Social network analysis (SNA) enables the identification of stakeholders within a network and understanding of the relationships and reciprocity between actors as well as their associated influence (Valujeva et al., 2023). SNA identifies two types of networks; a sociocentric network where the relationships between all actors are measured and an ego-centric network where the focus is on one individual and their relationships with other nodes (Froehlich and Brouwer, 2021). This research focuses on the ego-centric network with the farmer representing the ego-centric node. When conducting SNA, three factors must be considered; social capital, homophily and contagion (Froehlich and Brouwer, 2021). Social capital relates to resources available in the network, the individual’s position within the network and how involvement allows the person to reach their goals and fulfil objectives (Han et al., 2019). Trust between actors is a critical factor in the development of relationships and one of the most important measurements of social capital (Inkpen and Tsang, 2005; Massaro et al., 2017; Nosratabadi et al., 2020). This trust is built on the individual’s perception of the benevolence, integrity and competency of the other actors in the network (Mayer et al., 1995) and is based on the concept of reciprocity (Putnam, 2000). If the actors trust each other, there is more likely to be open communication and information sharing. However, Granovetter (1973) argues that weak ties or loose connections are also needed in the network to enable more diverse information exchange. Homophily describes the concept that people are more likely to develop relationships with those who share similar attitudes, values and opinions (Kossinets and Watts, 2009). It is intensified by proximity, meaning that if actors are geographically or physically close to each other, they are more likely to form a relationship (McPherson et al., 2001). Lastly, contagion relates to the diffusion of information through the network (Froehlich and Brouwer, 2021).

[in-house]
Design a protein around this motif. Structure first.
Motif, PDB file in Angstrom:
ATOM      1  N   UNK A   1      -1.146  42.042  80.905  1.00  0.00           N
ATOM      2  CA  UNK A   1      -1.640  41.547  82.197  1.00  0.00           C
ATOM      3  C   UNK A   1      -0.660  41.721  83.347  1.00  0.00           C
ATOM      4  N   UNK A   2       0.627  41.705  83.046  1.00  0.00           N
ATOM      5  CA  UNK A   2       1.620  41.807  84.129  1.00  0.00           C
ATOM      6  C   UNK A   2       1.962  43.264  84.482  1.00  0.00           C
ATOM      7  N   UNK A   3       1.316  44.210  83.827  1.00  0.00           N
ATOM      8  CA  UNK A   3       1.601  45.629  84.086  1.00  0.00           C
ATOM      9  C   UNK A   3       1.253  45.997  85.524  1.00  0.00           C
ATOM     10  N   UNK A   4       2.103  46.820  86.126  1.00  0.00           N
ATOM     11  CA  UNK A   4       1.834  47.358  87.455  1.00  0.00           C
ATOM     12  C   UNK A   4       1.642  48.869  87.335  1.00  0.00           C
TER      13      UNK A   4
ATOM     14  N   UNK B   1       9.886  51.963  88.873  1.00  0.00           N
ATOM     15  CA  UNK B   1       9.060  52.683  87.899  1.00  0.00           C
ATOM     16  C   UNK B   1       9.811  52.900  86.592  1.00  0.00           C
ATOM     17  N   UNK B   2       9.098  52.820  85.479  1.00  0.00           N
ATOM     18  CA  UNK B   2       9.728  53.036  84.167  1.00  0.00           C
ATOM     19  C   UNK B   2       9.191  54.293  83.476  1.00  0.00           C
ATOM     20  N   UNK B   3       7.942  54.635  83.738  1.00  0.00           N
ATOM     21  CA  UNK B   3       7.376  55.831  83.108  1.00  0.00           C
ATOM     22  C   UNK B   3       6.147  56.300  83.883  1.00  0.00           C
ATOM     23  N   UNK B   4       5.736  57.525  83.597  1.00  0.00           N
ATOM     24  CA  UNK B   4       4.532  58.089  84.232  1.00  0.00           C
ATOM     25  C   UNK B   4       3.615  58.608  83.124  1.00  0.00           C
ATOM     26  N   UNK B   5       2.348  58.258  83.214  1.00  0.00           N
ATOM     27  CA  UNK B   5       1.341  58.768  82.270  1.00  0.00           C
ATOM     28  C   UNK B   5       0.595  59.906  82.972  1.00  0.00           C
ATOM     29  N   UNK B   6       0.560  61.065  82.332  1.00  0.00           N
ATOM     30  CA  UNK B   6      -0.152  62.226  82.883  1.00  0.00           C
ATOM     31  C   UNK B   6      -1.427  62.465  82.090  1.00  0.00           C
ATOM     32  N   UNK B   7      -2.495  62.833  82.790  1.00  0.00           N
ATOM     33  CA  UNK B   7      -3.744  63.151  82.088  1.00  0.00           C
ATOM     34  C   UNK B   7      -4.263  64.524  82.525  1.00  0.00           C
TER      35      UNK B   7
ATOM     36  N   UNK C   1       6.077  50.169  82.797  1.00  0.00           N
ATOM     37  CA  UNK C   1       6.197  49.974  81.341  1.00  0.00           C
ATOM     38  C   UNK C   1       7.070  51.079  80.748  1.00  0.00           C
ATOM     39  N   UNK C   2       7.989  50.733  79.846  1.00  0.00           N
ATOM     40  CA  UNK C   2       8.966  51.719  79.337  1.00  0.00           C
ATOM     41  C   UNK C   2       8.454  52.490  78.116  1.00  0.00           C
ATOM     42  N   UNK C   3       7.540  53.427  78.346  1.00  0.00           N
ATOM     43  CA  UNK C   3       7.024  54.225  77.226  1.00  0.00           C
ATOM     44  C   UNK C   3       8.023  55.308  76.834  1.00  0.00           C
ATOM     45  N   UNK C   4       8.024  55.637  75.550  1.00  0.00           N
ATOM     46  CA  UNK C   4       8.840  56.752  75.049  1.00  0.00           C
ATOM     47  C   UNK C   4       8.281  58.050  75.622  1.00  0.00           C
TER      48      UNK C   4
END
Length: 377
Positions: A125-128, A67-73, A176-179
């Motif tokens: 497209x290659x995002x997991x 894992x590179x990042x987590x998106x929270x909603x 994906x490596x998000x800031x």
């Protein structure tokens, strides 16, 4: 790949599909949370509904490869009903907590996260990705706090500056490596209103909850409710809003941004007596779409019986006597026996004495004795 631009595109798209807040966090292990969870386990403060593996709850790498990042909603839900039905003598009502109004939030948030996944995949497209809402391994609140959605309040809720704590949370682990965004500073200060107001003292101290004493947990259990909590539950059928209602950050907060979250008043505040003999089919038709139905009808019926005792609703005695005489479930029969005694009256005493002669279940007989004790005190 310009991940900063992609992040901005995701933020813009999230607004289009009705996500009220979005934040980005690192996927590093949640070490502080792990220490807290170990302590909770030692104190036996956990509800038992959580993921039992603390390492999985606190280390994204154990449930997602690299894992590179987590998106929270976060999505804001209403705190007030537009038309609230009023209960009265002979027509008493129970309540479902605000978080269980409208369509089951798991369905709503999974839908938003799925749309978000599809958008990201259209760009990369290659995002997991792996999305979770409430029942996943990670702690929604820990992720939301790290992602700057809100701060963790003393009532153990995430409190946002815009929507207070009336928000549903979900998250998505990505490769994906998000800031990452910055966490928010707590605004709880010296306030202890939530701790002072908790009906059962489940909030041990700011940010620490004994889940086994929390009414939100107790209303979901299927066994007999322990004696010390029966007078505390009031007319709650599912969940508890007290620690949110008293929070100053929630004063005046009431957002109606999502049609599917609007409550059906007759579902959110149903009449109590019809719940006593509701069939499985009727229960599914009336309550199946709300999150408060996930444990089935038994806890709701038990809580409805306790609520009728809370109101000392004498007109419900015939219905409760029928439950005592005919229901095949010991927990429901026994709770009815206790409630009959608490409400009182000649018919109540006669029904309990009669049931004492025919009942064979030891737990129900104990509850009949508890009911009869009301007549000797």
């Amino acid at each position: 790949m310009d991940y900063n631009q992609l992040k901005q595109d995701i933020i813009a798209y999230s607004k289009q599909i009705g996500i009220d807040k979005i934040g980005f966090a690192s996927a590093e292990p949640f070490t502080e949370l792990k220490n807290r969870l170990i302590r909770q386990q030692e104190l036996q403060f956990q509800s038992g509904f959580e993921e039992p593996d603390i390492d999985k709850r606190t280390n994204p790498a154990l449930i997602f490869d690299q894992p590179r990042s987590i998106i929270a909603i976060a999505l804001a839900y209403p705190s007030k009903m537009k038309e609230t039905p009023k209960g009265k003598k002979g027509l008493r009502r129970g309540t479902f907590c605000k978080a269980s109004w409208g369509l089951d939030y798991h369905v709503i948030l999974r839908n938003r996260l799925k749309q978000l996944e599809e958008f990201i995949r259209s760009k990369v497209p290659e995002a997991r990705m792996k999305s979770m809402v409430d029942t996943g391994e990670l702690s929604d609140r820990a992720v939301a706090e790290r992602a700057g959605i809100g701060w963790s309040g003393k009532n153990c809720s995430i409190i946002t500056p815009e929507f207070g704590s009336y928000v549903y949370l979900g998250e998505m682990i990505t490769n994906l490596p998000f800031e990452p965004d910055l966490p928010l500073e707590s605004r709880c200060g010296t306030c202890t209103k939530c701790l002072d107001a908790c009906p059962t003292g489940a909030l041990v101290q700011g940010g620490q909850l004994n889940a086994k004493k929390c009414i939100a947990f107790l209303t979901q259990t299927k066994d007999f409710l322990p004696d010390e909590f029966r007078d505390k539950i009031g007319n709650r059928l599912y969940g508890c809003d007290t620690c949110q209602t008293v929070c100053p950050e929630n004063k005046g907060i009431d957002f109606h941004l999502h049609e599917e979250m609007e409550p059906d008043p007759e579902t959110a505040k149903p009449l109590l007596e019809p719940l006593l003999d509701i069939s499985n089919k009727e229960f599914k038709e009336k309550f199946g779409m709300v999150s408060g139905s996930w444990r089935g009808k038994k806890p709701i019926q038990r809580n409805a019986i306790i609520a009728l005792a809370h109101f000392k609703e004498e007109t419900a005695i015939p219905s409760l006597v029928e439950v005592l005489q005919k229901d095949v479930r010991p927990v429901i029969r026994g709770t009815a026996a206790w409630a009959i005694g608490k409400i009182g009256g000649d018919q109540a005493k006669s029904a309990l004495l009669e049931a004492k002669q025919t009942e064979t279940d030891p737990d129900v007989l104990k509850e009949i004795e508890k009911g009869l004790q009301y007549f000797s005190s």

2.2 The farmer’s network